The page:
With a history spanning 118 years (as of 2023), the National Audubon Society (NAS) stands as a well-established not-for-profit organization devoted to bird conservation. While many associate the Audubon Society with the renowned bird artist and conservationist John James Audubon, it might surprise you to learn that Audubon had no knowledge of the National Audubon Society, as it was founded 50 years after his passing.

Moreover, Audubon's ornithological pursuits involved a practice seemingly contrary to the organization's mission—collecting and preserving bird specimens for his intricate illustrations.
Feeling curious? Dive into our journey in this article to discover more about Audubon and the National Audubon Society, all in this short read!

Founding of NAS, Naming, and Its Early Years

NAS traces its roots to the Massachusetts Audubon Society, established in 1896 with the aim of discouraging the use of bird feathers in women's hats. NAS itself was incorporated in New York in 1905 as "The National Association of Audubon Societies" before adopting its current name in 1940. The name "Audubon" was chosen in honor of John James Audubon's significant contributions to ornithology, guided by George Bird Grinnell, one of NAS's founders who was once tutored by Lucy Audubon, John James Audubon's widow.

Birds in sky
NAS's core objectives have always been the protection of birds and their habitats. Since its early years, the society has played a pivotal role in advocating for bird conservation through legislative actions, such as the Audubon Plumage Law (1910), the Migratory Bird Treaty Act (1918), the Endangered Species Act (1973), and the Alaska National Interest Lands Conservation Act (1980), among others.

Ducks flying
NAS's influence is not limited to legal efforts; it also established the first National Wildlife Refuge in 1903, opened sanctuaries (1923-24), and introduced Roger Tory Peterson's influential field guide. NAS has continuously endeavored to educate children about birds, support endangered tree species, and document the population status of various bird species.

European Robin on branches
Though NAS has now developed into the most acclaimed bird conservation organization, it wasn't all positive - with some serious controversy over a name change. Why?

Challenges and Controversies: John James Audubon the Naturalist

The controversy surrounding Audubon is what drives NAS to the trouble of its namesake. Apart from the commonly discussed discrimination issue of this great naturalist and bird conservationist, there's actually some problematic history of Audubon that is against our idea of protecting birds.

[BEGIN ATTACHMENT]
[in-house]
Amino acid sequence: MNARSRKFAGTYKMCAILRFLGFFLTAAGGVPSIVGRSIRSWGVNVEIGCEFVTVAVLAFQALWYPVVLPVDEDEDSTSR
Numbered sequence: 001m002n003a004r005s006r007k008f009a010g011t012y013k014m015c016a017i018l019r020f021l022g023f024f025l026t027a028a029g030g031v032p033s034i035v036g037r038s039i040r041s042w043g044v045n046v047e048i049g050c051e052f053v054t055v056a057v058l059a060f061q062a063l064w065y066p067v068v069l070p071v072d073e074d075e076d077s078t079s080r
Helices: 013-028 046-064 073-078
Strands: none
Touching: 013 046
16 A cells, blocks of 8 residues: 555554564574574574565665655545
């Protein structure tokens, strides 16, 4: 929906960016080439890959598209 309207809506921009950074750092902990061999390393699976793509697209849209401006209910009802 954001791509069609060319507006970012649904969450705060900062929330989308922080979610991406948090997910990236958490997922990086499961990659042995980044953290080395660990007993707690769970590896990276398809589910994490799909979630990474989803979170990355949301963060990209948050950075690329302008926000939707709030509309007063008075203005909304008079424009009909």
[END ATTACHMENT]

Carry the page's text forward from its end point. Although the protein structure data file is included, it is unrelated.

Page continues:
Sunbirds feeding
Audubon was widely appreciated and famed as an illustrator and naturalist because of his amazing work, "Birds of America," which was first published in 1827 as a series and contained 435 exquisitely painted art pieces in REAL SIZE and detailed over 700 bird species. He was no doubt a great man who put immense endeavor into conservation, known to wake up early in the morning and work all day long for his research on birds in the wild.

Warblers on branches
However, do you know that he was also widely known as a bird hunter and an avian anatomist? To obtain the sophisticated details of bird paintings, Audubon shot every bird he painted, dissected them, observed, and studied them attentively, trying to record their lively faces and bodies. Isn't this creepy and unimaginably horrifying? In addition to that, there were also some controversies around Audubon that accused him of plagiarism and of fabricating bird species, which is still under discussion now.

Noteworthy here is that the hunting phenomenon was a common choice of avian specialists at that time, and Audubon actually took no pleasure in this.

NAS's Current Development and Response to the Namesake Challenge

Up till 2023, NAS's longstanding commitment to bird conservation, advocacy, education, and research has been recognized nationwide. As a leader in the field of ornithology and environmental conservation, NAS now has 23 state programs, 41 local centers, and 450+ local chapters. Notably, NAS helped put the Inflation Reduction Act into law (2022), securing substantial funding invested for climate change initiatives that benefit both people and birds. However, the society faces a challenge regarding its namesake, and several chapters have opted to remove Audubon from their names.

Swan flying
NAS itself, on the other hand, announced the unfavorable decision to retain the name while committing to expand Equity, Diversity, Inclusion, and Belonging (EDIB) initiatives over the next five years. It emphasizes the importance of acknowledging Audubon's problematic legacy and addressing historical inequalities in conservation activities. Dr. Elizabeth Gray, CEO of NAS, affirmed that the organization remains committed to these principles, irrespective of its name.

Birdfy's Work on Bird Conservation

Regardless of the naming controversy, NAS has set an inspiring example of engaging and educating the public in bird conservation, much like Birdfy's mission. Find out more about how we care for the environment through our commitment and mission, here

Gray Finch
Birdfy, through products like the Birdfy Smart Feeder and Feeder Bamboo, offers innovative solutions for bird enthusiasts to observe and feed birds while promoting a deeper connection with nature. Birdfy also collaborates with wildlife conservation organizations like Birda and Tadorna, supports educational institutions, and encourages people to immerse themselves in the world of birdwatching.

In our own way, Birdfy strives to advance the cause of bird conservation and promote a harmonious coexistence of humans, birds, and the environment. We love birds, and we hope you do, too!

October 27, 2023 — Yin Liang

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